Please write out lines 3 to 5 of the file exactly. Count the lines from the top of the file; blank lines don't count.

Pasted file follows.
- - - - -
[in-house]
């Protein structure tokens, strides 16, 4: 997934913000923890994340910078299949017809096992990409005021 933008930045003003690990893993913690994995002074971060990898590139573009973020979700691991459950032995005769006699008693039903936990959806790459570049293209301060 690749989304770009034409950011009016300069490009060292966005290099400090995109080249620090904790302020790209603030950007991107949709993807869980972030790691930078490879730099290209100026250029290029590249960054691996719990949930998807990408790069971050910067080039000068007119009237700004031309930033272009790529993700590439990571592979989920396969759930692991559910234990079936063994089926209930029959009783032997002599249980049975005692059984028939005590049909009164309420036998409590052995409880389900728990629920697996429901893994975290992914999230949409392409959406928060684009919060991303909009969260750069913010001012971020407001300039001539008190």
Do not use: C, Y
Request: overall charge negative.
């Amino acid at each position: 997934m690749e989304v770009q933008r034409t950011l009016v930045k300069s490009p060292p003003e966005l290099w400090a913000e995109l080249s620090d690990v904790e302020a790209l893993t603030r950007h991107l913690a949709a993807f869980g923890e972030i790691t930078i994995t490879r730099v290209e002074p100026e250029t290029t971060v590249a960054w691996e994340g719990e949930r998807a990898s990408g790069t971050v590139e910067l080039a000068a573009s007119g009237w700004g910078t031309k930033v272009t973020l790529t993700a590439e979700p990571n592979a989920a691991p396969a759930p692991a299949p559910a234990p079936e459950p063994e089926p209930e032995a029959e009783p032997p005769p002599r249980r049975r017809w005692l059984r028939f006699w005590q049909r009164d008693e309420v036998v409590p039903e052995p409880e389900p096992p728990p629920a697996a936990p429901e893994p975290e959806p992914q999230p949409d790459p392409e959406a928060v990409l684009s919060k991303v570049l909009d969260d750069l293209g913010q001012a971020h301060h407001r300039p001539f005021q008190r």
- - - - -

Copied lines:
Do not use: C, Y
Request: overall charge negative.
């Amino acid at each position: 997934m690749e989304v770009q933008r034409t950011l009016v930045k300069s490009p060292p003003e966005l290099w400090a913000e995109l080249s620090d690990v904790e302020a790209l893993t603030r950007h991107l913690a949709a993807f869980g923890e972030i790691t930078i994995t490879r730099v290209e002074p100026e250029t290029t971060v590249a960054w691996e994340g719990e949930r998807a990898s990408g790069t971050v590139e910067l080039a000068a573009s007119g009237w700004g910078t031309k930033v272009t973020l790529t993700a590439e979700p990571n592979a989920a691991p396969a759930p692991a299949p559910a234990p079936e459950p063994e089926p209930e032995a029959e009783p032997p005769p002599r249980r049975r017809w005692l059984r028939f006699w005590q049909r009164d008693e309420v036998v409590p039903e052995p409880e389900p096992p728990p629920a697996a936990p429901e893994p975290e959806p992914q999230p949409d790459p392409e959406a928060v990409l684009s919060k991303v570049l909009d969260d750069l293209g913010q001012a971020h301060h407001r300039p001539f005021q008190r």